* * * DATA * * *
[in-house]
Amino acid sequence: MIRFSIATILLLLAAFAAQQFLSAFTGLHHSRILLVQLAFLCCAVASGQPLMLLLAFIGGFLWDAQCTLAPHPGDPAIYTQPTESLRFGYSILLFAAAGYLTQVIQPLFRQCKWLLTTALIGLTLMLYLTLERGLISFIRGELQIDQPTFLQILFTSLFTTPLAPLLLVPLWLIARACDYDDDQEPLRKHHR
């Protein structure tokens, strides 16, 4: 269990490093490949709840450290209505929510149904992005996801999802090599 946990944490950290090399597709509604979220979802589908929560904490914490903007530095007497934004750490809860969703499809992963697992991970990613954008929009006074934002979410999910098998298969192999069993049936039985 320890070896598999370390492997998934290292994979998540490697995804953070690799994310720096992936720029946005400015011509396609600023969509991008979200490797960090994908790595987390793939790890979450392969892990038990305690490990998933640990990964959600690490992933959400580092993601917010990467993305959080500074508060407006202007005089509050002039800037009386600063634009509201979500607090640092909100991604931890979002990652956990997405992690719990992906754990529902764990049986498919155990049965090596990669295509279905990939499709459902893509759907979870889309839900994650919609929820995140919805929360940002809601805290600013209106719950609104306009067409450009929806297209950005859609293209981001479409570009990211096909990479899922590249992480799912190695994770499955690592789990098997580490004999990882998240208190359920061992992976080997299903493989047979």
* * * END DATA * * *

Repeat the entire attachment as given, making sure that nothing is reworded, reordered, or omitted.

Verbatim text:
[in-house]
Amino acid sequence: MIRFSIATILLLLAAFAAQQFLSAFTGLHHSRILLVQLAFLCCAVASGQPLMLLLAFIGGFLWDAQCTLAPHPGDPAIYTQPTESLRFGYSILLFAAAGYLTQVIQPLFRQCKWLLTTALIGLTLMLYLTLERGLISFIRGELQIDQPTFLQILFTSLFTTPLAPLLLVPLWLIARACDYDDDQEPLRKHHR
């Protein structure tokens, strides 16, 4: 269990490093490949709840450290209505929510149904992005996801999802090599 946990944490950290090399597709509604979220979802589908929560904490914490903007530095007497934004750490809860969703499809992963697992991970990613954008929009006074934002979410999910098998298969192999069993049936039985 320890070896598999370390492997998934290292994979998540490697995804953070690799994310720096992936720029946005400015011509396609600023969509991008979200490797960090994908790595987390793939790890979450392969892990038990305690490990998933640990990964959600690490992933959400580092993601917010990467993305959080500074508060407006202007005089509050002039800037009386600063634009509201979500607090640092909100991604931890979002990652956990997405992690719990992906754990529902764990049986498919155990049965090596990669295509279905990939499709459902893509759907979870889309839900994650919609929820995140919805929360940002809601805290600013209106719950609104306009067409450009929806297209950005859609293209981001479409570009990211096909990479899922590249992480799912190695994770499955690592789990098997580490004999990882998240208190359920061992992976080997299903493989047979």